Carnation Instant Breakfast for Toddlers



Here’s a pediatrician’s take on Carnation Instant Breakfast Mix for kids.

The Bottom Line

Nestle Carnation Instant Breakfast Powder Drink Mix is an easy and inexpensive way to boost the number of calories, calcium, iron, and other nutrients in your child’s diet. Eating breakfast is linked with better learning ability in children, and though fresh fruits, proteins, and whole grains appear to be ideal, that’s not always possible in today’s society.


Adds 130 calories to a glass of milkProvides extra protein, calcium, iron, and other important nutrientsAvailable in 5 great tasting flavorsA fast and easy way to boost your child’s nutritionA less expensive alternative to other nutritional supplements, like Pediasure


Drinking extra calories may actually fill up your child so that he eats even lessChocolate and cappuccino flavors have caffeineHas 20g of sugar (although a no-added sugar version is also available)


An easy way to boost your child’s nutrition.A powdered drink mix that you can add to a glass of milk or use to make a smoothie.Provides your kids with an extra 130 calories, plus calcium, iron, and other nutrients.

Pediatric Expert Review 

Do some kids really have a problem with getting enough calories in their diet? With our childhood obesity problem, getting too many calories seems like a more common problem.

For many other children, getting enough calories and nutrition can interfere with their normal growth and development, though. This can especially be a problem for:

Kids with ADHD who are taking a stimulant, like Adderall XR, Ritalin, or Concerta, which can decrease their appetitePicky eaters who do not eat enough healthy and nutritious foodsKids with failure to thrive (FTT), a group of conditions that can cause weight loss or poor weight gainKids with complex medical problems, like cystic fibrosis, malabsorption, and cancer

By adding a packet of Nestle Carnation Instant Breakfast Mix to a cup of milk, you can add an extra 130 calories and 250 mg of calcium to your children’s diet. This also provides them with extra protein, iron, and many other important nutrients.

The main downside is that it may be hard to give to your children if they don’t drink milk. You can try a ready-to-drink, or make a smoothie if not drinking milk is a problem. Another option is adding the mix to almond milk, soy milk, or cashew milk, though the taste may be different than with regular milk.

Parents who read food labels will notice that sugar is listed second on the list of ingredients. If this extra sugar is a problem for you, choose the Carb-Conscious version, which has no added sugar.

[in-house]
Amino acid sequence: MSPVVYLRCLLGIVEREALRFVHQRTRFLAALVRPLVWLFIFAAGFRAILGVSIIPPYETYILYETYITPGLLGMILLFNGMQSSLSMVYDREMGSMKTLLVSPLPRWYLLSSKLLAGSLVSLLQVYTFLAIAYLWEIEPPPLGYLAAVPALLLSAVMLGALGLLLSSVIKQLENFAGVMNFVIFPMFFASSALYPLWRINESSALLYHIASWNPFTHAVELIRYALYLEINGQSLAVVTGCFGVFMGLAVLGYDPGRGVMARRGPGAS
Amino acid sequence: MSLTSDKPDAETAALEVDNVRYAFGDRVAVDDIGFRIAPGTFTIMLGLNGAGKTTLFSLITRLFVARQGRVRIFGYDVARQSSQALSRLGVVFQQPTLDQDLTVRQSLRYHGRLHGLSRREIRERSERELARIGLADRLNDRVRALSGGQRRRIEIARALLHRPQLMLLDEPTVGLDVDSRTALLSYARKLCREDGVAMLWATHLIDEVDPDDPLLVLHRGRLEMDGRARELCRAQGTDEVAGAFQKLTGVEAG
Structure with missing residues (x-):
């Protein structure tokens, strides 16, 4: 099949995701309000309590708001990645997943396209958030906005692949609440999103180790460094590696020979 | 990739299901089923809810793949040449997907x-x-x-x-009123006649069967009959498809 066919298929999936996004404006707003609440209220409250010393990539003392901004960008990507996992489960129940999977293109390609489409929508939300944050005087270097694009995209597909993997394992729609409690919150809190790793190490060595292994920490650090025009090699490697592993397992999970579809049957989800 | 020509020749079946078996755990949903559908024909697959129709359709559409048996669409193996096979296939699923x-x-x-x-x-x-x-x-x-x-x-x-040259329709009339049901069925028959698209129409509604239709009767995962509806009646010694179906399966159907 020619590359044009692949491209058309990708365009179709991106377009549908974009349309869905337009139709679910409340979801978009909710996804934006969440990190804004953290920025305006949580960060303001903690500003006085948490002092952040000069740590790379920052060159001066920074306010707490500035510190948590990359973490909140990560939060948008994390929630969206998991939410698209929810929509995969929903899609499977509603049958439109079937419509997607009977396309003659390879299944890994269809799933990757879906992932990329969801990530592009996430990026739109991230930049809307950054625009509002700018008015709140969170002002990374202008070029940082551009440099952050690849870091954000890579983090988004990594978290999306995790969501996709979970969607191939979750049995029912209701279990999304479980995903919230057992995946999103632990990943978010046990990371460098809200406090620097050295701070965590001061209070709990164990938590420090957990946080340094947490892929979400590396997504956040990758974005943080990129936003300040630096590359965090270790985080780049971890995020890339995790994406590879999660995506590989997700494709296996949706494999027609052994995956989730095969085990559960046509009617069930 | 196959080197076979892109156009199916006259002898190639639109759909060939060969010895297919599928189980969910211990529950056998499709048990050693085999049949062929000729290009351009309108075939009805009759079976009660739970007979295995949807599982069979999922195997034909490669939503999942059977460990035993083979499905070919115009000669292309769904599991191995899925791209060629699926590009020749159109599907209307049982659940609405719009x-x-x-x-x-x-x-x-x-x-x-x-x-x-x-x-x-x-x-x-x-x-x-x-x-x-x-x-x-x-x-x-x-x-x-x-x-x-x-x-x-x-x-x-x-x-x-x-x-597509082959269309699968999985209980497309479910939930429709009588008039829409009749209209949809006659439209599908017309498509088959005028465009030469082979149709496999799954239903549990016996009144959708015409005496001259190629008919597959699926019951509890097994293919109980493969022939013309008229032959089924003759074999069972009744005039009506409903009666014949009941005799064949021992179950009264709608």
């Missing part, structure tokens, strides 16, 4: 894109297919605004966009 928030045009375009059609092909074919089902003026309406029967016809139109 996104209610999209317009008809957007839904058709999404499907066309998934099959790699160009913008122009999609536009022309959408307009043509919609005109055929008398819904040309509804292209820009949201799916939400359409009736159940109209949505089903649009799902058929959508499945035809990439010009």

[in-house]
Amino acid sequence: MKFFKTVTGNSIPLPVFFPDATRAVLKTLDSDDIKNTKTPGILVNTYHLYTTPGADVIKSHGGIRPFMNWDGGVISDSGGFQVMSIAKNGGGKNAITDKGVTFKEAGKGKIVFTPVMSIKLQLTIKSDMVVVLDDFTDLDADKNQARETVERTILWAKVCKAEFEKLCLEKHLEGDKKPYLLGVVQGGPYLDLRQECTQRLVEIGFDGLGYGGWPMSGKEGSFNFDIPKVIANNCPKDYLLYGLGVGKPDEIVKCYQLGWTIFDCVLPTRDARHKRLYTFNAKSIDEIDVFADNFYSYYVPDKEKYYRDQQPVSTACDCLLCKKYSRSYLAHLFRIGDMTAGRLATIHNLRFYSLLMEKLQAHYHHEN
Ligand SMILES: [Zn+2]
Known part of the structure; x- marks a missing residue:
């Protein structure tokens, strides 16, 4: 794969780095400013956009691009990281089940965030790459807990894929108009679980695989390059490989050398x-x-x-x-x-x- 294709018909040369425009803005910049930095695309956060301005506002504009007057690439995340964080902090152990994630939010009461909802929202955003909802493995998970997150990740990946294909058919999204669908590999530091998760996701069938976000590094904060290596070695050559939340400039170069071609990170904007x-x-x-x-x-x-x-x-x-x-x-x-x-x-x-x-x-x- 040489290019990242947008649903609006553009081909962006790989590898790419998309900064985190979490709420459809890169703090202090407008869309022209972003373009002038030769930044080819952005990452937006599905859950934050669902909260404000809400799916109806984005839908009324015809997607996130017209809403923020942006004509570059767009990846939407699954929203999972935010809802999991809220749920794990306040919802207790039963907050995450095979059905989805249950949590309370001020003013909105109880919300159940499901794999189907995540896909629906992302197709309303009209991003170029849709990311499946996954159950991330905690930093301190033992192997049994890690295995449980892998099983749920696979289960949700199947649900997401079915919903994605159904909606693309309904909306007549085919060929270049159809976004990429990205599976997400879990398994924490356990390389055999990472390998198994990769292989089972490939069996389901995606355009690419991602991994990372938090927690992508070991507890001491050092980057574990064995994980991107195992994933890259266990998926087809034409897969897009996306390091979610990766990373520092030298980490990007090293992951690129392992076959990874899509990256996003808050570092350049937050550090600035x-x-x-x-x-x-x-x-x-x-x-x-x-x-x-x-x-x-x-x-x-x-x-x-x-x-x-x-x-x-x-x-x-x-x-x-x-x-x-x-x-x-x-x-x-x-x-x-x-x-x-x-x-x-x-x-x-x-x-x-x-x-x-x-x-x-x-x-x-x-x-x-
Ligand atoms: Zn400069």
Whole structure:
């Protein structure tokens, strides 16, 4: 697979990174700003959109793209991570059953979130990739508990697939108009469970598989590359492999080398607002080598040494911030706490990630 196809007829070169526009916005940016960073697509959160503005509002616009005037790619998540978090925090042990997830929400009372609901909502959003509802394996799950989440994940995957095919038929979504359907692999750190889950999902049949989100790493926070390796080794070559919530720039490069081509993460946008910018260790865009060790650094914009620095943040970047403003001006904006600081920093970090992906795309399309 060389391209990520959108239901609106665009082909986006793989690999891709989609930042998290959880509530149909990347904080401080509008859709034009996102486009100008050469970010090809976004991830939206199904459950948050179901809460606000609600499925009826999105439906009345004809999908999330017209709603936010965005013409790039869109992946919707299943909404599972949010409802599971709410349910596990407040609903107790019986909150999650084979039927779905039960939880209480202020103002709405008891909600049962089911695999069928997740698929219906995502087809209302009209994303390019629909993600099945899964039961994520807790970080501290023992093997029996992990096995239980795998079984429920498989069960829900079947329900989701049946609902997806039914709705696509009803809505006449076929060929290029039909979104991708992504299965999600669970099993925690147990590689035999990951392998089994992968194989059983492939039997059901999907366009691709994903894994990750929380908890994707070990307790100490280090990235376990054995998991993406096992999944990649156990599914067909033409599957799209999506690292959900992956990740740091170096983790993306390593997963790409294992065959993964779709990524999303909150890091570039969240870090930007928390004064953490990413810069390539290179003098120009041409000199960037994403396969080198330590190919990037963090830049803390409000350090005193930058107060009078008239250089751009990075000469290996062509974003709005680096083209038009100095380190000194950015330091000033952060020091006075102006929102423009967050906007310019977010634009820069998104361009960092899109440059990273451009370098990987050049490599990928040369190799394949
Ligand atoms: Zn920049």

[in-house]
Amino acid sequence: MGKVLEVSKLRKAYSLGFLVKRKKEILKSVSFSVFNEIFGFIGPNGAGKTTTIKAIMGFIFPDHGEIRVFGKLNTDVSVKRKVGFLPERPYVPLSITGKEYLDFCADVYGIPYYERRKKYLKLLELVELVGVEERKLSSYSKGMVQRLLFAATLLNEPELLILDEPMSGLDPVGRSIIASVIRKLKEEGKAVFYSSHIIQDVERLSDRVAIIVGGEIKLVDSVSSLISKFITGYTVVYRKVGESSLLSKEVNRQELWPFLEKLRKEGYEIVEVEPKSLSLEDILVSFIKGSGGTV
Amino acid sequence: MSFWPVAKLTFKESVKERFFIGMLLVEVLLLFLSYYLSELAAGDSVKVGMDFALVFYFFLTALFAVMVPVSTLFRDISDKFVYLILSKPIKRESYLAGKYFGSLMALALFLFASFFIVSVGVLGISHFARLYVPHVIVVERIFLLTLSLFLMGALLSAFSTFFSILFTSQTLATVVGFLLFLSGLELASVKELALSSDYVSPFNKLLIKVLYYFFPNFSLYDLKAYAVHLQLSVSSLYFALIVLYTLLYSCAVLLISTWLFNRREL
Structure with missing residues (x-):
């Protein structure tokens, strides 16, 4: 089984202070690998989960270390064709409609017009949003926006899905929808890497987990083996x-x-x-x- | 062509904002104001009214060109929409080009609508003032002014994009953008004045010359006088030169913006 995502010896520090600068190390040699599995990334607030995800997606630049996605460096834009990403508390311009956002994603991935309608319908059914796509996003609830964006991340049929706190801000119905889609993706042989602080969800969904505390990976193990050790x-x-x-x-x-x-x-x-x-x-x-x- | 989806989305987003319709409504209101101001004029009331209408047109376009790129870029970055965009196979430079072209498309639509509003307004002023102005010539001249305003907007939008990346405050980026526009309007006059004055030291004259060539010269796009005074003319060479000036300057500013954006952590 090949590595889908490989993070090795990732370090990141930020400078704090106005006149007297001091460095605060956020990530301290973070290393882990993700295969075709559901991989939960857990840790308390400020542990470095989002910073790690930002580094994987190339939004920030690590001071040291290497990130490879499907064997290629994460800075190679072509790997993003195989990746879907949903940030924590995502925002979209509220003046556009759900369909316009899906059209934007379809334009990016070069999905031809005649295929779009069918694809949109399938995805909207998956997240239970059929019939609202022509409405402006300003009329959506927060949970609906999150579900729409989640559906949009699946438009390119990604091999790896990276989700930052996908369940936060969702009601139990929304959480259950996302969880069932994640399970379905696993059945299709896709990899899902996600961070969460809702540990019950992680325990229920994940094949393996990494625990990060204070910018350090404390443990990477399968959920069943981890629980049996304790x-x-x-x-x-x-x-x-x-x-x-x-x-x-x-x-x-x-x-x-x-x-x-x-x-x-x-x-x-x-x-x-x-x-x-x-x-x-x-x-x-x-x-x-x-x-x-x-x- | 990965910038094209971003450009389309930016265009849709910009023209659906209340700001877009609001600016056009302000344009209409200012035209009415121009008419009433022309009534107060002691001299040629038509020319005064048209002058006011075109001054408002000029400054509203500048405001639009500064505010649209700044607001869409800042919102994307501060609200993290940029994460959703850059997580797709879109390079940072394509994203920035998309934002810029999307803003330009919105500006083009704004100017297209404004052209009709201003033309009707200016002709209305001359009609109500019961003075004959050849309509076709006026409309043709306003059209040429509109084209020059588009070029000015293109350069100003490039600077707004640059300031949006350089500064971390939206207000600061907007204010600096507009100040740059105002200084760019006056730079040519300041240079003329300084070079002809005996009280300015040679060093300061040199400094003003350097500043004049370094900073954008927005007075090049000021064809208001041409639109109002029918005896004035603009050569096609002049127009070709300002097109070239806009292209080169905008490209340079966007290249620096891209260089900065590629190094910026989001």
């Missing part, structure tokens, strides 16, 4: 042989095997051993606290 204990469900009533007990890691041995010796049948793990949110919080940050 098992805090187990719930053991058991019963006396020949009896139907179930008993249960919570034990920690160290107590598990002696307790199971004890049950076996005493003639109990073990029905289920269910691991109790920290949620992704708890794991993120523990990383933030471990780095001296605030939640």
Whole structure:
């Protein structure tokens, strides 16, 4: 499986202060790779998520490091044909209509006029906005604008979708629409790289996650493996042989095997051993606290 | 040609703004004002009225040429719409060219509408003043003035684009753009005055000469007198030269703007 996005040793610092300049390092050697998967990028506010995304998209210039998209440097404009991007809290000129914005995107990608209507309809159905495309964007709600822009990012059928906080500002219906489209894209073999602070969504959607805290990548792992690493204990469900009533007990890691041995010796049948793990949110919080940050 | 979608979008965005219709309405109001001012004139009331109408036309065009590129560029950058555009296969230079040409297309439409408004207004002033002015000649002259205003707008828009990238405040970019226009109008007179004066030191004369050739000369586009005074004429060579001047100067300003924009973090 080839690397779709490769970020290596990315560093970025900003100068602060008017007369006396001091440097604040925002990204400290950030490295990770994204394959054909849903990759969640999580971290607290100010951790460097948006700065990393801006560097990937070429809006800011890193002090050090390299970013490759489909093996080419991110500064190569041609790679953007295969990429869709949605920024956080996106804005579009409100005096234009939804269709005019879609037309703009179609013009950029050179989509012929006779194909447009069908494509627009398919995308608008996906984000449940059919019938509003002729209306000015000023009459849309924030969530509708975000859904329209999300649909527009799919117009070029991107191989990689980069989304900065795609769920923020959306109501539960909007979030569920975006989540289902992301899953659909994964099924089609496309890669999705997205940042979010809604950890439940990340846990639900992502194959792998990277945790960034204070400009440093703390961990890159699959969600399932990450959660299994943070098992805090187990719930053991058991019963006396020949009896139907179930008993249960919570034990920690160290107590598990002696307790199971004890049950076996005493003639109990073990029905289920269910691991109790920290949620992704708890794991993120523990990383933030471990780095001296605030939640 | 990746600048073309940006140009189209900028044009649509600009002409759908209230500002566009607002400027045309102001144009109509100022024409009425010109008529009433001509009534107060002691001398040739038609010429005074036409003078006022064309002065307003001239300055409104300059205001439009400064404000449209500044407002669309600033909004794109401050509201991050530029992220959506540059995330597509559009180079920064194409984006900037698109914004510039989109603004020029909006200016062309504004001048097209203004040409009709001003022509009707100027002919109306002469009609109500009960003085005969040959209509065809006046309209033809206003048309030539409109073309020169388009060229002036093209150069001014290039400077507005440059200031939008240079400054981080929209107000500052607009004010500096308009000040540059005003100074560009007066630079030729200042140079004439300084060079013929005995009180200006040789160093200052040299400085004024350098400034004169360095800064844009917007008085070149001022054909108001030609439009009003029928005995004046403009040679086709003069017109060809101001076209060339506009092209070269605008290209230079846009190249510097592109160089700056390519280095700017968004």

If the caffeine in the chocolate or cappuccino flavors is a turn-off, go with vanilla or strawberry instead, which do not have any caffeine.

In an Ideal World

Studies have repeatedly shown that kids who eat breakfast have better “cognitive performance.” In other words, they learn better at school than kids who skip breakfast. And even if you’re worried that your child has packed on a few too many pounds, it’s thought that children who eat breakfast are less likely to struggle with obesity down the line than those who skip the morning meal.

A few studies tell us that more energy sustaining sources of breakfast, such as oatmeal, or protein intake such as eggs, may be the best bet , but not all children have time in the morning, and not all children go for those energy-sustaining foods. The most important thing is eating something for breakfast, and a supplement such as Carnation Instant Breakfast provides much of what is needed.

In an ideal world, as parents, we would minimize packaged foods, and aim at as many fresh fruits, dairy, and whole grains as possible. That can certainly look good in print, but anyone who has tried to get several children ready so they can get to work on time realizes that sometimes ideal is the same as hypothetical – it simply doesn’t happen.

Take a look at these basics on child nutrition, and brush up on any areas listed in which you are concerned when it comes to your child’s diet. As parents, it’s hard to remember exactly what’s best at what stage, and as soon as we seem to master one stage, our kids move on to the next. Try to avoid junk foods as much as possible. And take a moment to read a few tips about dietary supplements, before those colorful ads in magazines make you appear to be a neglectful parent for not loading your child up on capsules.

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